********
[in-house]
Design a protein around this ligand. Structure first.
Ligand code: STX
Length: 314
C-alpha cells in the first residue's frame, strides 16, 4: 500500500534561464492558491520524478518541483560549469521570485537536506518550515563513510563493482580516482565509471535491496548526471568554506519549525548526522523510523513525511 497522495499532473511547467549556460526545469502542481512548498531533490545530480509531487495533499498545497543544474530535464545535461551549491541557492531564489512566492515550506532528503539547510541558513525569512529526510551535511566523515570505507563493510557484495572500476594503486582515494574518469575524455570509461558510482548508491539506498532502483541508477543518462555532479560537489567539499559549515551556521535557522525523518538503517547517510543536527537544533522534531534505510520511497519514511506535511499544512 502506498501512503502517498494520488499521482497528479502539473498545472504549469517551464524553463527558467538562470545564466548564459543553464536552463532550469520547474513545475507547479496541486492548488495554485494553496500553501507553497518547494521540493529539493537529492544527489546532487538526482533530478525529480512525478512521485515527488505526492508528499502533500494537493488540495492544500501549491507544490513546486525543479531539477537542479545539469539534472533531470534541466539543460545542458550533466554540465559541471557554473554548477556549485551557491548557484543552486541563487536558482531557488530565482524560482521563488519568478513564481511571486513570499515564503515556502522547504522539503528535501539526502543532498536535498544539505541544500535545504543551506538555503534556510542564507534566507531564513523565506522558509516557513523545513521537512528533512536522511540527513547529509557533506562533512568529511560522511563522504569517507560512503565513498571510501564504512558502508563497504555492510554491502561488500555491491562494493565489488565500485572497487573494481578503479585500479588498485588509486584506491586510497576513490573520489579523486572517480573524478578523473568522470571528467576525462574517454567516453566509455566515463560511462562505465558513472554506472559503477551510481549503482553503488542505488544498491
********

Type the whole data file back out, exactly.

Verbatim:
[in-house]
Design a protein around this ligand. Structure first.
Ligand code: STX
Length: 314
C-alpha cells in the first residue's frame, strides 16, 4: 500500500534561464492558491520524478518541483560549469521570485537536506518550515563513510563493482580516482565509471535491496548526471568554506519549525548526522523510523513525511 497522495499532473511547467549556460526545469502542481512548498531533490545530480509531487495533499498545497543544474530535464545535461551549491541557492531564489512566492515550506532528503539547510541558513525569512529526510551535511566523515570505507563493510557484495572500476594503486582515494574518469575524455570509461558510482548508491539506498532502483541508477543518462555532479560537489567539499559549515551556521535557522525523518538503517547517510543536527537544533522534531534505510520511497519514511506535511499544512 502506498501512503502517498494520488499521482497528479502539473498545472504549469517551464524553463527558467538562470545564466548564459543553464536552463532550469520547474513545475507547479496541486492548488495554485494553496500553501507553497518547494521540493529539493537529492544527489546532487538526482533530478525529480512525478512521485515527488505526492508528499502533500494537493488540495492544500501549491507544490513546486525543479531539477537542479545539469539534472533531470534541466539543460545542458550533466554540465559541471557554473554548477556549485551557491548557484543552486541563487536558482531557488530565482524560482521563488519568478513564481511571486513570499515564503515556502522547504522539503528535501539526502543532498536535498544539505541544500535545504543551506538555503534556510542564507534566507531564513523565506522558509516557513523545513521537512528533512536522511540527513547529509557533506562533512568529511560522511563522504569517507560512503565513498571510501564504512558502508563497504555492510554491502561488500555491491562494493565489488565500485572497487573494481578503479585500479588498485588509486584506491586510497576513490573520489579523486572517480573524478578523473568522470571528467576525462574517454567516453566509455566515463560511462562505465558513472554506472559503477551510481549503482553503488542505488544498491